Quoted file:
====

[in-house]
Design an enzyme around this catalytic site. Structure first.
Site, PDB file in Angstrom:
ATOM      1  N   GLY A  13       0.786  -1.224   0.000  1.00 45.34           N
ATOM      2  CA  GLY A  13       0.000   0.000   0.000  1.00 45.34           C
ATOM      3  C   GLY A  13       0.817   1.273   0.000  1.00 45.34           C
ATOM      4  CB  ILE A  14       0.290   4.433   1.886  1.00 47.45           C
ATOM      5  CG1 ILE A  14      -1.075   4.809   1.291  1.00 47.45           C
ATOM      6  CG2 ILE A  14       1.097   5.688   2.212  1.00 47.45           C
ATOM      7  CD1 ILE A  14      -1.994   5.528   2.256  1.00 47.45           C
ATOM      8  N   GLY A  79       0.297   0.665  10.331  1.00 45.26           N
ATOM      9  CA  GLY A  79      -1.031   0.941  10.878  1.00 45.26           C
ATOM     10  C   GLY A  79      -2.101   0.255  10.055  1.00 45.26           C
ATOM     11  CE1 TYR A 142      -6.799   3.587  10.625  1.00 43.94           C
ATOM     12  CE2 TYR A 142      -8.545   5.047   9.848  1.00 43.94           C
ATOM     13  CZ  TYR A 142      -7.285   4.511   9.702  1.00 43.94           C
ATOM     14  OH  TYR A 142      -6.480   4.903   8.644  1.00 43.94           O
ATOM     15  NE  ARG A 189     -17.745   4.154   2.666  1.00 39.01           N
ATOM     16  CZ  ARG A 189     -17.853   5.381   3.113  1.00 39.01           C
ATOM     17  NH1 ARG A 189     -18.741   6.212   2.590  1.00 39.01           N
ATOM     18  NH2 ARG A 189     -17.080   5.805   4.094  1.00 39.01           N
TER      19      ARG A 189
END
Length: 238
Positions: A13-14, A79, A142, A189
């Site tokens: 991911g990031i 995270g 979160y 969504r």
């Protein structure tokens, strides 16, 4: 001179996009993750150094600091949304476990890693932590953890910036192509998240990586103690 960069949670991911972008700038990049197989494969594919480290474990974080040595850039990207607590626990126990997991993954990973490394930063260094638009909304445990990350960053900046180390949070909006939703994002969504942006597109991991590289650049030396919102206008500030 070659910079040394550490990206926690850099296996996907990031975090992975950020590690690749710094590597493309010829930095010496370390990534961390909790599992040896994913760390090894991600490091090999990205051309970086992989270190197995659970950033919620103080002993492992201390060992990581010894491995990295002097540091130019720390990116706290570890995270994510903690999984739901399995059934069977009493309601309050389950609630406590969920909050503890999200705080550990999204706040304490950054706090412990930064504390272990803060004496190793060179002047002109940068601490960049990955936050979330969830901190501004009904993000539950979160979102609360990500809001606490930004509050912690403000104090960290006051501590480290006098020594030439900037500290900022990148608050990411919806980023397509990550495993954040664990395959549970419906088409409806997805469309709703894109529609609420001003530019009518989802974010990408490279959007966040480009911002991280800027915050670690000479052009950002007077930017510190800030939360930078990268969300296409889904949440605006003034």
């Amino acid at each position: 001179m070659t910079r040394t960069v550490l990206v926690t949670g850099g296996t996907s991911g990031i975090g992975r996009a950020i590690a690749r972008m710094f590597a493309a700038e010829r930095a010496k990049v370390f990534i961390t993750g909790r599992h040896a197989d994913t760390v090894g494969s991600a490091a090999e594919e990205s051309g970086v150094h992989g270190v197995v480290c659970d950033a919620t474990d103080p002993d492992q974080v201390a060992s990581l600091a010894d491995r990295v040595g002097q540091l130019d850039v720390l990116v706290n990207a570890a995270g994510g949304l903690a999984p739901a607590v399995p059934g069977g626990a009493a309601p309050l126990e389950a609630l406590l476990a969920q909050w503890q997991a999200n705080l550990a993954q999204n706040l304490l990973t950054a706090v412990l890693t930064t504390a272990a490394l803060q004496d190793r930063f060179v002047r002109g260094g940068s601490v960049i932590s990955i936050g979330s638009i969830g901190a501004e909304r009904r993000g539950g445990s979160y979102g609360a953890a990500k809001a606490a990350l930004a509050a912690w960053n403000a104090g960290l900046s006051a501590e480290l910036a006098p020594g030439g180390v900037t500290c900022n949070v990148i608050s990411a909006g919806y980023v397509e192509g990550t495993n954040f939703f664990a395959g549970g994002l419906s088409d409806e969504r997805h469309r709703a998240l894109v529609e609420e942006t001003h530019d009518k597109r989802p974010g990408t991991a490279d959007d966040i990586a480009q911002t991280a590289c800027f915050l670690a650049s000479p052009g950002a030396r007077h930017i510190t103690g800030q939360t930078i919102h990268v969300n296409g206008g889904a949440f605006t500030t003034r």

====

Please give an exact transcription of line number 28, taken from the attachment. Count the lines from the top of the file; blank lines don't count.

């Amino acid at each position: 001179m070659t910079r040394t960069v550490l990206v926690t949670g850099g296996t996907s991911g990031i975090g992975r996009a950020i590690a690749r972008m710094f590597a493309a700038e010829r930095a010496k990049v370390f990534i961390t993750g909790r599992h040896a197989d994913t760390v090894g494969s991600a490091a090999e594919e990205s051309g970086v150094h992989g270190v197995v480290c659970d950033a919620t474990d103080p002993d492992q974080v201390a060992s990581l600091a010894d491995r990295v040595g002097q540091l130019d850039v720390l990116v706290n990207a570890a995270g994510g949304l903690a999984p739901a607590v399995p059934g069977g626990a009493a309601p309050l126990e389950a609630l406590l476990a969920q909050w503890q997991a999200n705080l550990a993954q999204n706040l304490l990973t950054a706090v412990l890693t930064t504390a272990a490394l803060q004496d190793r930063f060179v002047r002109g260094g940068s601490v960049i932590s990955i936050g979330s638009i969830g901190a501004e909304r009904r993000g539950g445990s979160y979102g609360a953890a990500k809001a606490a990350l930004a509050a912690w960053n403000a104090g960290l900046s006051a501590e480290l910036a006098p020594g030439g180390v900037t500290c900022n949070v990148i608050s990411a909006g919806y980023v397509e192509g990550t495993n954040f939703f664990a395959g549970g994002l419906s088409d409806e969504r997805h469309r709703a998240l894109v529609e609420e942006t001003h530019d009518k597109r989802p974010g990408t991991a490279d959007d966040i990586a480009q911002t991280a590289c800027f915050l670690a650049s000479p052009g950002a030396r007077h930017i510190t103690g800030q939360t930078i919102h990268v969300n296409g206008g889904a949440f605006t500030t003034r």